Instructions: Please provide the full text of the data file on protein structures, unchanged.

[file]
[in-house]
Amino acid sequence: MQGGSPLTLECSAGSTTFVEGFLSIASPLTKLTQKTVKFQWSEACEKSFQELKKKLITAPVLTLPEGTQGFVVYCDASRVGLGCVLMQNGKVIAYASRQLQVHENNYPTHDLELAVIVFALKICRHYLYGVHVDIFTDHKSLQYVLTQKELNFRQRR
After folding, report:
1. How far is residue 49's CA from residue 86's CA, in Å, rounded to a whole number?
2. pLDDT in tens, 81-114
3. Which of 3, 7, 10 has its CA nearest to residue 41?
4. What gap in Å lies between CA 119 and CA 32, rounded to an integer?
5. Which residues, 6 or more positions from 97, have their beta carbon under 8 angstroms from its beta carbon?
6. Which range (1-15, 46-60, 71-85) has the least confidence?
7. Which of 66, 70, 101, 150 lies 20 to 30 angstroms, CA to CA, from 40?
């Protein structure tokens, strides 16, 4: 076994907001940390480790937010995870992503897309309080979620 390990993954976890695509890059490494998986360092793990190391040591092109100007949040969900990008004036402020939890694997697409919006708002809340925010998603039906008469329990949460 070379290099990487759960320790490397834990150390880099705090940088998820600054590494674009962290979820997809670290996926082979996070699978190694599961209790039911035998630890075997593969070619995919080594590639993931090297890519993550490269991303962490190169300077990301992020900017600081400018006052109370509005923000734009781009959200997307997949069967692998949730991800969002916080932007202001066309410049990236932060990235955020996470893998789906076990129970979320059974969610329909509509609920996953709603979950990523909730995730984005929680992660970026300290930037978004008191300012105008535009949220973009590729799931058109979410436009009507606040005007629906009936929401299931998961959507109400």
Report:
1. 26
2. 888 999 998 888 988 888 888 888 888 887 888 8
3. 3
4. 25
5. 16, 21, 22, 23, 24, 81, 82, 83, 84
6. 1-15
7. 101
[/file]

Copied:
[in-house]
Amino acid sequence: MQGGSPLTLECSAGSTTFVEGFLSIASPLTKLTQKTVKFQWSEACEKSFQELKKKLITAPVLTLPEGTQGFVVYCDASRVGLGCVLMQNGKVIAYASRQLQVHENNYPTHDLELAVIVFALKICRHYLYGVHVDIFTDHKSLQYVLTQKELNFRQRR
After folding, report:
1. How far is residue 49's CA from residue 86's CA, in Å, rounded to a whole number?
2. pLDDT in tens, 81-114
3. Which of 3, 7, 10 has its CA nearest to residue 41?
4. What gap in Å lies between CA 119 and CA 32, rounded to an integer?
5. Which residues, 6 or more positions from 97, have their beta carbon under 8 angstroms from its beta carbon?
6. Which range (1-15, 46-60, 71-85) has the least confidence?
7. Which of 66, 70, 101, 150 lies 20 to 30 angstroms, CA to CA, from 40?
């Protein structure tokens, strides 16, 4: 076994907001940390480790937010995870992503897309309080979620 390990993954976890695509890059490494998986360092793990190391040591092109100007949040969900990008004036402020939890694997697409919006708002809340925010998603039906008469329990949460 070379290099990487759960320790490397834990150390880099705090940088998820600054590494674009962290979820997809670290996926082979996070699978190694599961209790039911035998630890075997593969070619995919080594590639993931090297890519993550490269991303962490190169300077990301992020900017600081400018006052109370509005923000734009781009959200997307997949069967692998949730991800969002916080932007202001066309410049990236932060990235955020996470893998789906076990129970979320059974969610329909509509609920996953709603979950990523909730995730984005929680992660970026300290930037978004008191300012105008535009949220973009590729799931058109979410436009009507606040005007629906009936929401299931998961959507109400």
Report:
1. 26
2. 888 999 998 888 988 888 888 888 888 887 888 8
3. 3
4. 25
5. 16, 21, 22, 23, 24, 81, 82, 83, 84
6. 1-15
7. 101